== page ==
Photographs in their diverse material forms may represent a (slightly tongue in cheek) celebration of the capabilities of the index finger (at the moment of capture/exposure). Which leading photographers e.g. develop/print their photographs? How are (or can) photographers be involved in the production process? A photograph may signify social skills and experience necessary to set up the photographic moment; the photograph being a memento of many skilful interactions. Could we say the darkroom technicians are craftspeople who provide the artist photographer with a choice of images; the artistic role being to choose the best vision of a particular moment - a matter of heightened sensibility and connoisseurship?
I might accept someone presenting themselves as an artist not having made/manipulated the artwork - or, even, not having made an artwork at all - as far as e.g. a proposal or design constitutes an art work not made. Artists have adopted such epithets as ‘celebration consultants’ (Pierre Huyghe) in an attempt to subvert the constraints of materiality.
I am less likely to accept someone identifying themselves as a craftsperson - even artist-craftsperson - if they show things in their name they have not made, at least even once. There might be ways around this suspiciously deep puddle of categories and definitions. Tanya Harrod comments on craft, saying:
‘it’s changeable, slippery identity is, as usual a good barometer of current anxieties, hopes and confusions about modernity and our place in a world over which we apparently have little control’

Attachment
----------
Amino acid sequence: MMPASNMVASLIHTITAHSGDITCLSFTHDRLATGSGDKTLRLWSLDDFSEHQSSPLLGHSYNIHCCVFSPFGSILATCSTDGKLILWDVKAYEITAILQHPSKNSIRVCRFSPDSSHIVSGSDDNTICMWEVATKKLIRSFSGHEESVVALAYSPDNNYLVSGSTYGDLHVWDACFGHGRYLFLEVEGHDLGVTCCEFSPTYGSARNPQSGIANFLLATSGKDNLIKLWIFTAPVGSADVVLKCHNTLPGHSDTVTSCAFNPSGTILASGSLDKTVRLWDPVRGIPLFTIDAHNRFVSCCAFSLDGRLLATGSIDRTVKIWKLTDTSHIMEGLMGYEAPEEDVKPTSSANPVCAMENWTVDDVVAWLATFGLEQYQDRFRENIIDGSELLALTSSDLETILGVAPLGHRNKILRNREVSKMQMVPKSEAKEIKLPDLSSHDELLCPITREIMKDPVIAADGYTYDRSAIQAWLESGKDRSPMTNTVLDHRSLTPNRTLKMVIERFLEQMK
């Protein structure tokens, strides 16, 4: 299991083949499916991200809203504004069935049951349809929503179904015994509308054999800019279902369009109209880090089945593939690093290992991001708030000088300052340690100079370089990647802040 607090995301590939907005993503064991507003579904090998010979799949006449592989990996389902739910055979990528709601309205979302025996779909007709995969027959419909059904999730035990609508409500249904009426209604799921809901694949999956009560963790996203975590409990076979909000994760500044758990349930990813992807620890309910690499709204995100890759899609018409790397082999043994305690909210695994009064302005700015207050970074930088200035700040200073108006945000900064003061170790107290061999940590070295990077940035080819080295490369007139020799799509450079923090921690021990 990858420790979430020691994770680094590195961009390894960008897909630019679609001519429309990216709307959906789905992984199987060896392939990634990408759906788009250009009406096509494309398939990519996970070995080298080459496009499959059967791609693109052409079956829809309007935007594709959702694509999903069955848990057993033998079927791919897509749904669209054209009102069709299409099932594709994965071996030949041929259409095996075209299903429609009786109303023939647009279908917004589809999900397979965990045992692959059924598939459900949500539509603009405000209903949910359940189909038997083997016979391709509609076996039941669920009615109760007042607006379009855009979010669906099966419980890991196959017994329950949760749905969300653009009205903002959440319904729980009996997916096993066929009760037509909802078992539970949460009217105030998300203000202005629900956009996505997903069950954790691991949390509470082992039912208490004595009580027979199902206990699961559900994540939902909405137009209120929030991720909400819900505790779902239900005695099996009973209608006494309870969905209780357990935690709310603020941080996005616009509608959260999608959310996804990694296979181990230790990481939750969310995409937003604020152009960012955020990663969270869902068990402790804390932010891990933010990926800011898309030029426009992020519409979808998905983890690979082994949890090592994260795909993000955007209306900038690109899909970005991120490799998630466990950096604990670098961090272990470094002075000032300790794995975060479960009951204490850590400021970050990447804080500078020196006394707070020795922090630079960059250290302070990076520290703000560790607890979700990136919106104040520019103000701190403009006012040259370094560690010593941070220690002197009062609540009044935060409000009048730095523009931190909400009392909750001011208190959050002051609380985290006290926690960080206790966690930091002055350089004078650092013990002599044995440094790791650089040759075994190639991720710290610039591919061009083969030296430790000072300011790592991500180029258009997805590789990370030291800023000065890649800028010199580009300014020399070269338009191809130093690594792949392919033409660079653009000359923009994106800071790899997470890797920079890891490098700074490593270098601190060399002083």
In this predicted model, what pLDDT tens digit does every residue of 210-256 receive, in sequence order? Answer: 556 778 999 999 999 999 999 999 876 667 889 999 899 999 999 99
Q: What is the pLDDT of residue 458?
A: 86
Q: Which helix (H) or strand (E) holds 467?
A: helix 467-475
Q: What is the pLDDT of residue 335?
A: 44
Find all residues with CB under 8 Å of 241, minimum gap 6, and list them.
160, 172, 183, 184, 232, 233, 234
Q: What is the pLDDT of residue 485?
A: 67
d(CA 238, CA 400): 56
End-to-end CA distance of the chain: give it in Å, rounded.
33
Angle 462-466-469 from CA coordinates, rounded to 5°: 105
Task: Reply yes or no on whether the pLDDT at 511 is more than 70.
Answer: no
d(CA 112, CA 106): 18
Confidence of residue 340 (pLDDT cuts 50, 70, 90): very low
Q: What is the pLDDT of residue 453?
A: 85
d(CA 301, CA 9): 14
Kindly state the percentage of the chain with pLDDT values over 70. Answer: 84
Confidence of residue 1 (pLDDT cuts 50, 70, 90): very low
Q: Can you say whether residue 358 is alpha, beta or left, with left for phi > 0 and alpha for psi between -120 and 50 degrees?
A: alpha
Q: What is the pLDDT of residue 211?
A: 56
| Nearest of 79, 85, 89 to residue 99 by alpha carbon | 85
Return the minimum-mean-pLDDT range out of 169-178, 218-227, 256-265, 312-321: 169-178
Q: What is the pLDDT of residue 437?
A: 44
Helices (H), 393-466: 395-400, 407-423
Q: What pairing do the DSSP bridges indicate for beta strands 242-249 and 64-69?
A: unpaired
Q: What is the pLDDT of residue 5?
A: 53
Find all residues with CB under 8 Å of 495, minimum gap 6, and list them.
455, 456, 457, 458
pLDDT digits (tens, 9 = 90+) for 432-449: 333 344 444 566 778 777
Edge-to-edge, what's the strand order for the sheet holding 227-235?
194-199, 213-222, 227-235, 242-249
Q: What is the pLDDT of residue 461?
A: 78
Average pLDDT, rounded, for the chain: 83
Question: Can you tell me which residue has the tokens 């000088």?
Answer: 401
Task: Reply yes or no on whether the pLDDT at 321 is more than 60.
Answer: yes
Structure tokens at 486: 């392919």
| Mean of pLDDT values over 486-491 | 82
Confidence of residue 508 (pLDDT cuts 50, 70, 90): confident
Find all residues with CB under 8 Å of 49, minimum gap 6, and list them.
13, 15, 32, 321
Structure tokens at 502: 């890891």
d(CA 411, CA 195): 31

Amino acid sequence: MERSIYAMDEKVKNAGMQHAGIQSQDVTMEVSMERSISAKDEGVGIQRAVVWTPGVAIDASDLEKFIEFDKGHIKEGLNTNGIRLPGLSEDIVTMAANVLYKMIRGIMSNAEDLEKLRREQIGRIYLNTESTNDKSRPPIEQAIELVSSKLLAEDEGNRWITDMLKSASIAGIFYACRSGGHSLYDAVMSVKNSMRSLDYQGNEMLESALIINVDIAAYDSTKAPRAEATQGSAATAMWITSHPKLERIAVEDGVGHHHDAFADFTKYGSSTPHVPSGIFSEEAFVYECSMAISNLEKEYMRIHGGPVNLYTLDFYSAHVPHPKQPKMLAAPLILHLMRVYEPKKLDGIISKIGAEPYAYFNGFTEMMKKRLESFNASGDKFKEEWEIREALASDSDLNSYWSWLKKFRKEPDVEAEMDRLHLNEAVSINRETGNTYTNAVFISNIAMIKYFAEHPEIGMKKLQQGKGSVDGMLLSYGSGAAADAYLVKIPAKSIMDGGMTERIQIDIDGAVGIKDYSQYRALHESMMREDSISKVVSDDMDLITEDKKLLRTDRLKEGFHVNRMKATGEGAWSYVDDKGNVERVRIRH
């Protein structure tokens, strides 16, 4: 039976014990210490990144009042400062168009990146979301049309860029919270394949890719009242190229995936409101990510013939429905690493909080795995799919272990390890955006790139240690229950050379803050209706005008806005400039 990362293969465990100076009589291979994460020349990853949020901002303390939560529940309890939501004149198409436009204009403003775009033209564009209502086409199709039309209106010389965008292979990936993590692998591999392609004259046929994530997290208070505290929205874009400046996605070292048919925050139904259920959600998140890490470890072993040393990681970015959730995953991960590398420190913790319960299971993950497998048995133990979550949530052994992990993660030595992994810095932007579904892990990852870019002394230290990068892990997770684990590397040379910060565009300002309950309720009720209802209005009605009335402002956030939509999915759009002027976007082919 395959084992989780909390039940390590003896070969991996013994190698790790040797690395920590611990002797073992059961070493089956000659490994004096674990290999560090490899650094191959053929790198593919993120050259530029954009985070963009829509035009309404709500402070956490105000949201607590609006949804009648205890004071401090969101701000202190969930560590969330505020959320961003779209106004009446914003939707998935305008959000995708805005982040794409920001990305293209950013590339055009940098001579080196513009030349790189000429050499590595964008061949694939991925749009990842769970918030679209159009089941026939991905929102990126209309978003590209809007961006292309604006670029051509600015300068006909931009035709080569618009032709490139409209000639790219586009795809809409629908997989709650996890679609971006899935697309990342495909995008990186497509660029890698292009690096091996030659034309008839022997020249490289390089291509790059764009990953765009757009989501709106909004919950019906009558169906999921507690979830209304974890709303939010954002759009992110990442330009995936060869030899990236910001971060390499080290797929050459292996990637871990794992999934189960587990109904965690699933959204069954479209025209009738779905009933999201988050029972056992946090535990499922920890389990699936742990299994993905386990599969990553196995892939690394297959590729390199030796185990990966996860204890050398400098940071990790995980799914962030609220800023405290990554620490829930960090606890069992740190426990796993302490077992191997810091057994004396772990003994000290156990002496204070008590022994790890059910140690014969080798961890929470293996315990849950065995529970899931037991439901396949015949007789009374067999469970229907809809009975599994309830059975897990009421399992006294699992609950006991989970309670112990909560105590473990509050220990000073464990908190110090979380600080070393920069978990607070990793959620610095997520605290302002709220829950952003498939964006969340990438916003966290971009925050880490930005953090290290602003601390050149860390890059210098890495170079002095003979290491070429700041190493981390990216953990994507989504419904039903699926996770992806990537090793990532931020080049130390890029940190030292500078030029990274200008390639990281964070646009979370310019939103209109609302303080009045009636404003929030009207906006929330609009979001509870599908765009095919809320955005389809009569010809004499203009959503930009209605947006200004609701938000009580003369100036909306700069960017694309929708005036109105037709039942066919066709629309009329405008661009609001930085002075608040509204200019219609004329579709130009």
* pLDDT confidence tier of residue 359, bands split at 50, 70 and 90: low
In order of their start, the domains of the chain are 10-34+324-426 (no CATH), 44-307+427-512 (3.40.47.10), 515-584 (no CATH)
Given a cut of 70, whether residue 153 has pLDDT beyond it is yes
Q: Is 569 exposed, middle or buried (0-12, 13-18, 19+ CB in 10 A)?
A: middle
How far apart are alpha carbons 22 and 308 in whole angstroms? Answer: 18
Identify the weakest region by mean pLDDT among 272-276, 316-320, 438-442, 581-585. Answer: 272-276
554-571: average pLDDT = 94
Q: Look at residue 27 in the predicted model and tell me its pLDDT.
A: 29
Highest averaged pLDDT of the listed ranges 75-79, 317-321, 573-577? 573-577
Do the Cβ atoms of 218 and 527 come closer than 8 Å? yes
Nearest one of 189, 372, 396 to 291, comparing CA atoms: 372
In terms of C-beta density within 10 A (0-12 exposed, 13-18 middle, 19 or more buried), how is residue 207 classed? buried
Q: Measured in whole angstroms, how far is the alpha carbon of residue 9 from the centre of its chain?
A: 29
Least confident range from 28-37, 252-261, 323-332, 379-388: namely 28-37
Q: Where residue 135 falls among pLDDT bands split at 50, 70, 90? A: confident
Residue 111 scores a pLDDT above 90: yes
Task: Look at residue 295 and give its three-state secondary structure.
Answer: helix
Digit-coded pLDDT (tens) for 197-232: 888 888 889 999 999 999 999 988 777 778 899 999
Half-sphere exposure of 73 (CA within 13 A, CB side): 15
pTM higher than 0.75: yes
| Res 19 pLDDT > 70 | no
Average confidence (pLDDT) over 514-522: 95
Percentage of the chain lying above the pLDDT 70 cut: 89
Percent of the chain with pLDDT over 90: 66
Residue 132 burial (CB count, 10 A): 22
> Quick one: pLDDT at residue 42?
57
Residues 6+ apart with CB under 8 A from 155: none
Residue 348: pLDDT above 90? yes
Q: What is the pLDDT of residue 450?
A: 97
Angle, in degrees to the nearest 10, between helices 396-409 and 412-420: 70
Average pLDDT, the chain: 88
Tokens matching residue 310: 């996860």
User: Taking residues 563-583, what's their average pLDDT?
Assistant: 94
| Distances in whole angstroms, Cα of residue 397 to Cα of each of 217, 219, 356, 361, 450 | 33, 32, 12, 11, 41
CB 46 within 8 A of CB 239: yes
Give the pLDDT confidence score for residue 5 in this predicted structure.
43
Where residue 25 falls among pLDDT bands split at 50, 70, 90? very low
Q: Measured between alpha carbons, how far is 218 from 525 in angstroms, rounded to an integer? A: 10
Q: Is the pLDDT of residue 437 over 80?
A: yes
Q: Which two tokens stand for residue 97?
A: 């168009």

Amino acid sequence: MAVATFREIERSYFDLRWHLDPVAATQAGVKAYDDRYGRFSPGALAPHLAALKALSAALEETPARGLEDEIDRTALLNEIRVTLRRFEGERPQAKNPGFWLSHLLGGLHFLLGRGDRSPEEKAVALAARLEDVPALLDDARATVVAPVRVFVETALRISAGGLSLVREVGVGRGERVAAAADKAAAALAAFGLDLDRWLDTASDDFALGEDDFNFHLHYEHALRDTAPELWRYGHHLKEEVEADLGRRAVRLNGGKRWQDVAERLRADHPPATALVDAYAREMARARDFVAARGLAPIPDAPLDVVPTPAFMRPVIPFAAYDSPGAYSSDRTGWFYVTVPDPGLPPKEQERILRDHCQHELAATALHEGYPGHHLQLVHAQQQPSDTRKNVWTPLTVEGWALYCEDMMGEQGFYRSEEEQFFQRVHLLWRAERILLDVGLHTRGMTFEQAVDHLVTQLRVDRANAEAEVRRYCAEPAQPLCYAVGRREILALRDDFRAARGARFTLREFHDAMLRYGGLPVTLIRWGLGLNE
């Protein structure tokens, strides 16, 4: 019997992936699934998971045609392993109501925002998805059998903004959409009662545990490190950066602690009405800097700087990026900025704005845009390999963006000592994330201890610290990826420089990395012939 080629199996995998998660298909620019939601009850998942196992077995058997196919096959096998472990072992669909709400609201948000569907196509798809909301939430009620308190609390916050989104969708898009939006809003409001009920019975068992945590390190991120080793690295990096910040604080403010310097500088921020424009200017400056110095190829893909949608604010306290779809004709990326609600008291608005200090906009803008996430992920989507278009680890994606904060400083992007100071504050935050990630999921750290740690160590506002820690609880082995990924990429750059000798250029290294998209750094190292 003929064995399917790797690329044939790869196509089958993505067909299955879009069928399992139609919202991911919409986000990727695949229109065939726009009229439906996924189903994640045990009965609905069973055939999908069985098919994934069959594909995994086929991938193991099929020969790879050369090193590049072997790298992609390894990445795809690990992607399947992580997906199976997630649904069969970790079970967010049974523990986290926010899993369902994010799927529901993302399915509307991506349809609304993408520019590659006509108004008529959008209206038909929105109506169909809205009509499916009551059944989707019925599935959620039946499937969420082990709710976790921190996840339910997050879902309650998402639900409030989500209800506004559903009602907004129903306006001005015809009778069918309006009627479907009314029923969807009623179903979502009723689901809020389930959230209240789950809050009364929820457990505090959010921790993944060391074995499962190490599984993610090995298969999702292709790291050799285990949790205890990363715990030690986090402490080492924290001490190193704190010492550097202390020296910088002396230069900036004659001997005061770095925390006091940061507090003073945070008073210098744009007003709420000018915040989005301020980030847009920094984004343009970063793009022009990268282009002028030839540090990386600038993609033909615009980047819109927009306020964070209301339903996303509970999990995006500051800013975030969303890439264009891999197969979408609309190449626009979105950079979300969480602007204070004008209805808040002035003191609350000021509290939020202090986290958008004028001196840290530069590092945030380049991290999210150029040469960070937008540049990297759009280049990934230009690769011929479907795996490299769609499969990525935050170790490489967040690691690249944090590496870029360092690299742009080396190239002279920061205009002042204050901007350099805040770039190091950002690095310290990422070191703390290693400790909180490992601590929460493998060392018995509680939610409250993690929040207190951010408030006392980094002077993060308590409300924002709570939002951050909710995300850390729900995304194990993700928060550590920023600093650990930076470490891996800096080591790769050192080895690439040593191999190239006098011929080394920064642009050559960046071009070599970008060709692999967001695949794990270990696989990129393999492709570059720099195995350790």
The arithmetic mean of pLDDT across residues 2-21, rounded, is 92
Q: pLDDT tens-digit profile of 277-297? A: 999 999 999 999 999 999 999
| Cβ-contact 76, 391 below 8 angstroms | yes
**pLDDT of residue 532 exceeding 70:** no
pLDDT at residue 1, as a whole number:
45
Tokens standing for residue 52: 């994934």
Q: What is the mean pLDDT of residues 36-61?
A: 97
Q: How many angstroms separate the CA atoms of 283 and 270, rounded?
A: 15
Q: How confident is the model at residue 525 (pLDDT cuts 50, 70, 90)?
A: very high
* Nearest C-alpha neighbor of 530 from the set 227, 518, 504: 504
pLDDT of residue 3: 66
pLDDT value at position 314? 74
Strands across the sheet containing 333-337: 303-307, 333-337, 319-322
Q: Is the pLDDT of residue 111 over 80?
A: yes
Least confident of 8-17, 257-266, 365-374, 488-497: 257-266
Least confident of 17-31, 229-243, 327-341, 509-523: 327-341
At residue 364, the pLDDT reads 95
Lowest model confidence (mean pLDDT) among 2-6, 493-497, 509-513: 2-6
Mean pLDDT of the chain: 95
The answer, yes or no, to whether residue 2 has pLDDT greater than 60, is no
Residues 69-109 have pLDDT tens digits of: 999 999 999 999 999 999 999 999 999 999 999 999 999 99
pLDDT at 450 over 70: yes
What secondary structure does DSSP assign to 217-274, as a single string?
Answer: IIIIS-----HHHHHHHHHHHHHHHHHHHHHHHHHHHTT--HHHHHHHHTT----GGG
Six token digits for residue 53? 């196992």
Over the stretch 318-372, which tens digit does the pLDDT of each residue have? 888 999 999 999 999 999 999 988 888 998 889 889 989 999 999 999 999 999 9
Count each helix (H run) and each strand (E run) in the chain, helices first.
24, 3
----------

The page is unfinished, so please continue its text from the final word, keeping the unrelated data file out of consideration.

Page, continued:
If I slip on a piece of craft while out and about on the trail, who could I blame? Who would be responsible?  Harking back to the bedtime reading of my art and craft student days, it was Ernst Gombrich and his ‘The Story of Art’, which offered some insights into relationships between art and craft. Gombrich’s rationale and historical perspective on their distinctiveness was based, in part, on the work of Lorenzo Ghiberti. Ghiberti (& co) created two sets of doors for the Florence Baptistery which took more than half a century (15th/16th) to complete.
The first set of doors was, according to Gombrich, a craft work. The artisanal work imitated the processes and products of a tradition which in turn they sought to perfect.
The second set, (The Gates of Paradise) 27 years in the making, was an art work in that it broke with tradition, no longer imitational, but experimental, expressing progressive and original ideas and forms.
Gombrich has been criticised for his peculiar 20th century bias and perpetuation of a myth of art and craft that projected the dilemmas of that time onto the past. What else could he do? The construct of mind and matter, and the ideological implications, persists. What Field Study’s Man in E17 wants to know is, if the definition or resolution of the gates on the other side of paradise are blurry/blurred, will it be an immateriality through which he can exit without opening - in the event of an emergency?